C:\projects\commitlint-example>git commit -m "created base project structure"
husky > commit-msg (node v10.16.3)
⧗   input: created base project structure
✖   subject may not be empty [subject-empty]type may not be empty [type-empty]

✖   found 2 problems, 0 warnings
ⓘ   Get help:

husky > commit-msg hook failed (add --no-verify to bypass)

The commit was rejected due to missing subject and type. Let's fix that.

git commit -m "feat: created base project structure

Now the commit was accepted. We added the type of the commit feat and the part after the colon : is considered the subject.

The full structure of conventional commits is the following:

<type>[optional scope]: <description>

[optional body]

[optional footer(s)]

Continous Integration

Local setup, as described above, is necessary and useful as the first line of defense. However, it is not bulletproof. Developers can tinker with the local setup or suppress git hooks. You cannot rely purely on the local Husky setup. As another line of defense, it is viable to integrate Commitlint with your CI / remote repository. You can reject invalid commits on the server even if developers manage to sneak them in locally.


Commitlint supports integration with Travis CI. First, let's create a .travis.yml file in your root directory. We need to configure that it should run the Commitlint script.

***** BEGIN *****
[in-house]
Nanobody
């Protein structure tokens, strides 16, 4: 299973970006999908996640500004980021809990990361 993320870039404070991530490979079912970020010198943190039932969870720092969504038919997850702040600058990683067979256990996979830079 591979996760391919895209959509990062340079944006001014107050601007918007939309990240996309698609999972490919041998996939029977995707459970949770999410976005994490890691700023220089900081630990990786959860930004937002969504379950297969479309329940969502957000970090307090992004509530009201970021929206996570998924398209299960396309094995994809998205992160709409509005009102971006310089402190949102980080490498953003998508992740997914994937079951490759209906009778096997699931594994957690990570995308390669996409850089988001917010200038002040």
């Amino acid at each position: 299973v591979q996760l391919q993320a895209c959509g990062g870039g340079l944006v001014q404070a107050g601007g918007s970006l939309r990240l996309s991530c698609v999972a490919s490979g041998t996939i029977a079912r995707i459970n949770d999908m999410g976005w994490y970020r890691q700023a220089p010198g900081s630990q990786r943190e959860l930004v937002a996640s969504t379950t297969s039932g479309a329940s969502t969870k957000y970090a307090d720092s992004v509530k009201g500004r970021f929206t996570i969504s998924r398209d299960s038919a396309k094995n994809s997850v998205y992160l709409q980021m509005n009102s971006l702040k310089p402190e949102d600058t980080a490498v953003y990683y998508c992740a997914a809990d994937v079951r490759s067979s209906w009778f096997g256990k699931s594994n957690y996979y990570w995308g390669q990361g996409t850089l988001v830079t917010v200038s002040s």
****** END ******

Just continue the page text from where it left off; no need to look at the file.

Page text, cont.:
language: node_js
  - node
  - commitlint-travis

Now we need to install Travis support in our project:

npm install --save-dev @commitlint/travis-cli

Now Travis can watch your Pull Requests and check whether new commits are compliant.

Travis integration

Commitlint GitHub action

Even simpler alternative to Travis is adding a GitHub Action. There is an action for Commitlint available.

The setup is super-easy. You just need to click Install, then select whether this action should apply for all your repos or just selected ones. And that's it. Now, whenever you create a Pull Request, it will be automatically checked by Commitlint.

Now if your PR contains invalid commit messages, the checks will fail:

Github checks fail

And you will get a comment explaining all the failures:

Github checks comment

Commit message wizard